Developing Tiny Core Linux extensions

Conclusion

Tiny Core extensions have a simpler structure than Debian packages, but they accomplish their task. These extensions allow you to load custom software into a Live operating system without wasting RAM or time.

Creating your own extension is easier than it seems. It is worth the effort if only for the experience of being a repository package maintainer. I found that generating an extension is very similar to creating a Slackware package. Despite the formatting differences, the process is pretty much the same: Compile or place the program into a folder and then encapsulate that directory. The biggest difference is the way install scripts are managed.

If you are interested in contributing to the official repository, sign up at the Tiny Core Linux forum [7]. The Tiny Core Linux community keeps a database of build scripts you can consult if you want to see how other users are creating their extensions. To see some of my extensions (official and unofficial), visit the Software directory of my Gopher server [8].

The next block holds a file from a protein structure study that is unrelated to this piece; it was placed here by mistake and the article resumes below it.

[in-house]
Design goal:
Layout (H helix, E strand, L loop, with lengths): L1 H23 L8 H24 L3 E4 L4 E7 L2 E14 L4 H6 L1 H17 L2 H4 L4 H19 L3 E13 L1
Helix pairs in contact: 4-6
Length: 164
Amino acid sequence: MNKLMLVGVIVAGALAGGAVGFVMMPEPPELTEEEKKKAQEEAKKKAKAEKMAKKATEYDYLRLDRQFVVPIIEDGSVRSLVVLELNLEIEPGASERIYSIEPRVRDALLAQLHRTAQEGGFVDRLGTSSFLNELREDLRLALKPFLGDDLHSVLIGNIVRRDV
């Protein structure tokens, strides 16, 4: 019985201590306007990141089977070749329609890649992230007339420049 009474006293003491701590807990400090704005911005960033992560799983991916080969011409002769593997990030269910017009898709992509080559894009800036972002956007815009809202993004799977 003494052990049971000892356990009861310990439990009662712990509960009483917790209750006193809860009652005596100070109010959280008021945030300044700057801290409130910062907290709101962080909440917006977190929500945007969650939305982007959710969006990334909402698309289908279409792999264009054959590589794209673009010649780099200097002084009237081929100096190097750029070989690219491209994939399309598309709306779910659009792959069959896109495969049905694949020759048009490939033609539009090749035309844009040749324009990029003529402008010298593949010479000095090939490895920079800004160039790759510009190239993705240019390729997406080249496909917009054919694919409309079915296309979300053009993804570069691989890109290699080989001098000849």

Submissions to the Tiny Core Linux repository are welcome at tcesubmit@gmail.com.

What Is Squashfs?

Squashfs is a read-only, compressed filesystem. Files are added to it upon filesystem creation, and its contents cannot be modified while the filesystem is mounted and in use.

Squashfs is a popular tool for Live operating systems, which are usually stored on read-only media (such as DVDs) or devices whose lifespan is reduced by write operations (USB pen drives). For example, Porteus packages, called modules, are compressed Squashfs filesystem images, as are SLAX modules.

The Author

Rubén Llorente is a mechanical engineer, whose job is to ensure that the security measures of the IT infrastructure of a small clinic are both law compliant and safe. In addition, he is an OpenBSD enthusiast and a weapons collector.

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